Question: how far can the arm of Canada Revenue Agency (CRA) actually reach?
Once a taxpayer is under a CRA audit, CRA can demand of the taxpayer all kinds of records including accounting records, financial statements, bank, credit card and investment statements, supplier and customer lists. The list is long.
And CRA can ask for information not just from the taxpayer, but also of the taxpayer’s employer, banker, credit providers, accountant, investment advisor, insurer, and yes even casinos.
When it comes to an audit, the Income Tax Act specifically states that those who surround a taxpayer must comply with a CRA request to supply information about that taxpayer. Non-compliance can lead to a charge of contempt of court and jail time, although it is a long and winding road to get to that point.
Nonetheless, history has not been kind to those people not complying with a CRA audit. The Supreme Court of Canada supports the CRA demand and delivery of requested information as long as it can be shown that the information being requested is relevant to the audit.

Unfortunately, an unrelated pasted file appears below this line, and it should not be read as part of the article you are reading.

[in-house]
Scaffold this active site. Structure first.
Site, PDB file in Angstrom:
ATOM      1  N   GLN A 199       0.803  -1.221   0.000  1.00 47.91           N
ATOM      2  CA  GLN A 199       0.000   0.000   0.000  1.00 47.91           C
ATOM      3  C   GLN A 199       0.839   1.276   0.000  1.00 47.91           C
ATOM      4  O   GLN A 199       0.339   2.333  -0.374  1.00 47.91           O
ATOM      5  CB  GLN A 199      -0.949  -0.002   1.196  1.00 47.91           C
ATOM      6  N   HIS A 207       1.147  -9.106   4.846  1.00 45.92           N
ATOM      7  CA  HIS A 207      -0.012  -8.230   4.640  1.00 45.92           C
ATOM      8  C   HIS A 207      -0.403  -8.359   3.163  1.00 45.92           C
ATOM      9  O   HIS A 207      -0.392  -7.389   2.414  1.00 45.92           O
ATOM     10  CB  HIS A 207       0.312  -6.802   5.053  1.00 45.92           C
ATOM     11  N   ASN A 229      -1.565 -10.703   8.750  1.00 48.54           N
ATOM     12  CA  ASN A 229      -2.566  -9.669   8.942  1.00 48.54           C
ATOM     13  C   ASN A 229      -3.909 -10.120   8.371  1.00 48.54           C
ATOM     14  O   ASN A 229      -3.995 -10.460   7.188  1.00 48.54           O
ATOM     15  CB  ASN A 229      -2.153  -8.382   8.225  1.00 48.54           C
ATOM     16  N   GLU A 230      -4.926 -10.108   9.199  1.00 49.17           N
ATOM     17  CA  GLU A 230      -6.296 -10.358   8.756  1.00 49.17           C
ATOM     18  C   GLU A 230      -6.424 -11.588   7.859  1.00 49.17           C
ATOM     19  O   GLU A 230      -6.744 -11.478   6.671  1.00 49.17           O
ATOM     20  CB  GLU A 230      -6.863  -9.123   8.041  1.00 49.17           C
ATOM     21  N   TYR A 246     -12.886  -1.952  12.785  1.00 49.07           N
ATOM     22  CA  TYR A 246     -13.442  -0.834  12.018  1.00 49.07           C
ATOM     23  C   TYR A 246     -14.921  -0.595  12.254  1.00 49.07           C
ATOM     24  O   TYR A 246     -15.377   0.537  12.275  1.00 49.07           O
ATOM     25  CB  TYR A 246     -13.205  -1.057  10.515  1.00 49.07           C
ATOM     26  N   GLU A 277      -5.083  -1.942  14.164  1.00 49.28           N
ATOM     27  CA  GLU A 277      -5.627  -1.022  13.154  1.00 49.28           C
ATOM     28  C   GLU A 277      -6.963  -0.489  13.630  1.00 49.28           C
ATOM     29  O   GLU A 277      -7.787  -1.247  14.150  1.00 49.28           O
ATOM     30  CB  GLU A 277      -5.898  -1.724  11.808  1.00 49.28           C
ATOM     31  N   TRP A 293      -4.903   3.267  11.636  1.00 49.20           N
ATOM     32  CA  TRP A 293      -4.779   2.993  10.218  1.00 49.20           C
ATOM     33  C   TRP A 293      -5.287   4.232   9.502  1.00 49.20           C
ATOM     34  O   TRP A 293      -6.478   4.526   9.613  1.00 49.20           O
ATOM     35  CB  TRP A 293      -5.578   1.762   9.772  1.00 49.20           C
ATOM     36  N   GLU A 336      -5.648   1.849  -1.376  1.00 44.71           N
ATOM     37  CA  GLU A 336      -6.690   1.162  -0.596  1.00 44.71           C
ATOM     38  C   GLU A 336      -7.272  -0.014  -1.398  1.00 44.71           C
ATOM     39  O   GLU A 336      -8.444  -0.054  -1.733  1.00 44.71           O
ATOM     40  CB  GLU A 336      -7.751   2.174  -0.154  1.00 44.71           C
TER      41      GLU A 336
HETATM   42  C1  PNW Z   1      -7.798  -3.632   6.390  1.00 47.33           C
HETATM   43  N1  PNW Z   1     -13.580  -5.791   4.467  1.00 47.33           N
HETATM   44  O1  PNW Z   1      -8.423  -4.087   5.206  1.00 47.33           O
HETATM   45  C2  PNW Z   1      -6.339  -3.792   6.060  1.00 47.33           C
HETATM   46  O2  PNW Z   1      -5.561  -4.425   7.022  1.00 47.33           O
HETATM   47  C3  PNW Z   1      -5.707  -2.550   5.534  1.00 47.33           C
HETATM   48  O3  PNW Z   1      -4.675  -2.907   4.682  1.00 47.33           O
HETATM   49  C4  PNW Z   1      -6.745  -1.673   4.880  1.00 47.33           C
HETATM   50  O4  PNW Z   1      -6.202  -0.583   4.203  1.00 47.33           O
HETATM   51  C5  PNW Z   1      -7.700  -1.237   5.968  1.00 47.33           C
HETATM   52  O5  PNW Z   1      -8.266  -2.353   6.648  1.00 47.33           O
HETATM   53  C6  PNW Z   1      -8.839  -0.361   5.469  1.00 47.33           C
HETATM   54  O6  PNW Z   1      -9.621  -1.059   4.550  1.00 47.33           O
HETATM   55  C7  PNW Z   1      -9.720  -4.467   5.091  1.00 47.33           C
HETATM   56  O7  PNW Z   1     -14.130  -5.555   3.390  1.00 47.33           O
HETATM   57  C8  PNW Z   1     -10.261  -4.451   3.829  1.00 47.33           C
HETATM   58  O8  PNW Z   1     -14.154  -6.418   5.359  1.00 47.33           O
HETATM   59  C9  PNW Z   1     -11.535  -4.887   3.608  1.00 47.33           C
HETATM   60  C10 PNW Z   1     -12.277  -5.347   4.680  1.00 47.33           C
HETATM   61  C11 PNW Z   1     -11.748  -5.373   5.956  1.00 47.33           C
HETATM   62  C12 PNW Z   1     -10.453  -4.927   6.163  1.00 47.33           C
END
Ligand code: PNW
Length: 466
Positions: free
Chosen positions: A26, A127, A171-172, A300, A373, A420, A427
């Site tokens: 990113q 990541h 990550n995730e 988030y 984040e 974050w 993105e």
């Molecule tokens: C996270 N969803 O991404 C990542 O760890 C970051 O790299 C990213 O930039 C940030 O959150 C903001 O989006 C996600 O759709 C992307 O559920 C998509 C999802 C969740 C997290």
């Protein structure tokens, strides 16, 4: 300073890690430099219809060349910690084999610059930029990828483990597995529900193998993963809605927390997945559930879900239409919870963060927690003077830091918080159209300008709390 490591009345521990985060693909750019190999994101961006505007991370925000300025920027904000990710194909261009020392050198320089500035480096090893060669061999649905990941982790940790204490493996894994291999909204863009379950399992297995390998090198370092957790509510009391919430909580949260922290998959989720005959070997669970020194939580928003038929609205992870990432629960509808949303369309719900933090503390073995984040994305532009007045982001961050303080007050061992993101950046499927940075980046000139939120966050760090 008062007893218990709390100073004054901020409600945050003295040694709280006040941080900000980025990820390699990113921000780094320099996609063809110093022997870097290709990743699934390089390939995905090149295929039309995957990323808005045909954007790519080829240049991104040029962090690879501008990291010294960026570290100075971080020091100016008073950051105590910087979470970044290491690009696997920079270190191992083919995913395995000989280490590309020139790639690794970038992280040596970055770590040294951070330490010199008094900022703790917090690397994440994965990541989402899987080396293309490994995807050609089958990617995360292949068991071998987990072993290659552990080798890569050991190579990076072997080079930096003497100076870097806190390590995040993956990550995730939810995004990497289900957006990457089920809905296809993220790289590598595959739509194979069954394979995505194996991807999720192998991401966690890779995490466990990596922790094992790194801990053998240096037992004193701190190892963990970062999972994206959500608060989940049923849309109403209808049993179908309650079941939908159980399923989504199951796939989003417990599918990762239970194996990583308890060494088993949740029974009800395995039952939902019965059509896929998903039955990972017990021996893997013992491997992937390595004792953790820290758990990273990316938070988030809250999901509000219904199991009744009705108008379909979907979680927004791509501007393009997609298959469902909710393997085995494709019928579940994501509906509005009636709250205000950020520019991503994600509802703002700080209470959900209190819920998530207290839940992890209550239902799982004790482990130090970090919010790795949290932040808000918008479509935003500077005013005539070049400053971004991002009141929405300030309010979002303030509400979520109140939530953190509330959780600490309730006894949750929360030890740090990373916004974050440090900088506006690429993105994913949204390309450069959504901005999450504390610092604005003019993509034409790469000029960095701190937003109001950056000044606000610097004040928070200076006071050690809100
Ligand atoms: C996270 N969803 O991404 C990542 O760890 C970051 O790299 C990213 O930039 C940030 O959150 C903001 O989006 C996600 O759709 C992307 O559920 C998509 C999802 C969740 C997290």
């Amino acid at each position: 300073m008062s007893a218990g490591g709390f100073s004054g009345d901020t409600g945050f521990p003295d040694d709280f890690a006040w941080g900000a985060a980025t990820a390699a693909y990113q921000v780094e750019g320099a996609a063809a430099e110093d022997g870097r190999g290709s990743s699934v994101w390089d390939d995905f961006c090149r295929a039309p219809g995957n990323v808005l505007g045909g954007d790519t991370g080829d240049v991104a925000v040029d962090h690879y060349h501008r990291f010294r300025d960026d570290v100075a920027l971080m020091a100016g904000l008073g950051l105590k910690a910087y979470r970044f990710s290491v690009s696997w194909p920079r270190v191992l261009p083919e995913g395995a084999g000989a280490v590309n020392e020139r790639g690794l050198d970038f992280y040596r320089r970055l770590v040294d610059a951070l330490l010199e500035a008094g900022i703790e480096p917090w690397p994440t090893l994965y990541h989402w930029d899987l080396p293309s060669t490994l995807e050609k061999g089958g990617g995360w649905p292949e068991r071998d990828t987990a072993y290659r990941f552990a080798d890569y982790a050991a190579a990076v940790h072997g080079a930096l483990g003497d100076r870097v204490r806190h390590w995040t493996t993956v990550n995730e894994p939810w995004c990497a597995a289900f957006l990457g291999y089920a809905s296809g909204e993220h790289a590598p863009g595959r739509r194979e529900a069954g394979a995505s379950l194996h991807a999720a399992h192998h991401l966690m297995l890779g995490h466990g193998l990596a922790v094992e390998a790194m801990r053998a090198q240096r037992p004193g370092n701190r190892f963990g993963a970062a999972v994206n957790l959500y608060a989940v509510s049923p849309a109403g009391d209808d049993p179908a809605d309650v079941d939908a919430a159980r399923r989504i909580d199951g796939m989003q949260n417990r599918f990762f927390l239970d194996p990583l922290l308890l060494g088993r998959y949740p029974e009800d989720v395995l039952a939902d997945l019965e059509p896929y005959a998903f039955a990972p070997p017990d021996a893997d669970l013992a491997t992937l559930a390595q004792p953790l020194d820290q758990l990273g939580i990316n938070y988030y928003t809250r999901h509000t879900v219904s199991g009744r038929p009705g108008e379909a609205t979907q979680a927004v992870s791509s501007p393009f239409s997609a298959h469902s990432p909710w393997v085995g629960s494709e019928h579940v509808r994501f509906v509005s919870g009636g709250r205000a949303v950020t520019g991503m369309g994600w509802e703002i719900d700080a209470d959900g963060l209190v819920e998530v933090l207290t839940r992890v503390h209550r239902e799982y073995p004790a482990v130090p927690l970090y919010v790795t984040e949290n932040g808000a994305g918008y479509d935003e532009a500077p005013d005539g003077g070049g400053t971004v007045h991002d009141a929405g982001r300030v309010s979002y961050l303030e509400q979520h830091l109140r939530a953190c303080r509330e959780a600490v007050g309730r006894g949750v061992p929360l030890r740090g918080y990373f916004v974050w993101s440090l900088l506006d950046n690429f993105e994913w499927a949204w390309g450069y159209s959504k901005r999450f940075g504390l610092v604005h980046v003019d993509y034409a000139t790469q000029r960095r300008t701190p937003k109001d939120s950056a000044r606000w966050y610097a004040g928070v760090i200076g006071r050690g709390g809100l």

The one exception to this court support is information held with a lawyer under solicitor-client privilege. Although this fact may not be too surprising, what might be is the court’s expanded view of solicitor-client privilege such that any information held within a law office is included, not just that information private to a taxpayer’s lawyer.
However, this wider interpretation of protection ends when the information leaves the law office. For example privilege will be assumed waived when documents pass to the taxpayer’s banker’s office.
It is noteworthy that a court order must be established when CRA requests information from a third party without providing the taxpayer’s name. This procedure is used by CRA when CRA suspects commonality among a certain group of taxpayers, for example clients of a specific financial advisor, real estate broker or accountant.
Fortunately there are preliminary stages available to CRA before the full-on audit kicks in, the main one being a CRA review. At this stage, life can remain quite uncomplicated if one chooses to cooperate.
Having said this, cooperate or not, just about all sources of information are available to CRA so it is becoming more and more often.
Ron Clarke has his MBA and is a business owner in Trail, providing accounting and tax services. Email him at ron.clarke@JBSbiz.ca. To read previous Tax Tips & Pits columns visit www.JBSbiz.net.